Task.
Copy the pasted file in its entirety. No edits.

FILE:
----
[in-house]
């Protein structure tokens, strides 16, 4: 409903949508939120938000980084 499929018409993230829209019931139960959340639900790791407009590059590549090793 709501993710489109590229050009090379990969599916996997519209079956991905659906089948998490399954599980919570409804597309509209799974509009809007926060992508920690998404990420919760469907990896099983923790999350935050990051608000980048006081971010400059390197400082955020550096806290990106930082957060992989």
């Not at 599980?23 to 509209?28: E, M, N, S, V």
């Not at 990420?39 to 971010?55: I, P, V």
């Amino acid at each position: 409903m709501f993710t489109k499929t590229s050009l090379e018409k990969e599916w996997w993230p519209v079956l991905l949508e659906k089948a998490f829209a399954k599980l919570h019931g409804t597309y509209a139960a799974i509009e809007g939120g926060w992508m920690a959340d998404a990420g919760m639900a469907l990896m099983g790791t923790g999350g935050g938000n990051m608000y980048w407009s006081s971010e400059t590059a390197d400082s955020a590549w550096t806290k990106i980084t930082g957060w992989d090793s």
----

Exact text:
[in-house]
């Protein structure tokens, strides 16, 4: 409903949508939120938000980084 499929018409993230829209019931139960959340639900790791407009590059590549090793 709501993710489109590229050009090379990969599916996997519209079956991905659906089948998490399954599980919570409804597309509209799974509009809007926060992508920690998404990420919760469907990896099983923790999350935050990051608000980048006081971010400059390197400082955020550096806290990106930082957060992989």
């Not at 599980?23 to 509209?28: E, M, N, S, V």
């Not at 990420?39 to 971010?55: I, P, V």
């Amino acid at each position: 409903m709501f993710t489109k499929t590229s050009l090379e018409k990969e599916w996997w993230p519209v079956l991905l949508e659906k089948a998490f829209a399954k599980l919570h019931g409804t597309y509209a139960a799974i509009e809007g939120g926060w992508m920690a959340d998404a990420g919760m639900a469907l990896m099983g790791t923790g999350g935050g938000n990051m608000y980048w407009s006081s971010e400059t590059a390197d400082s955020a590549w550096t806290k990106i980084t930082g957060w992989d090793s």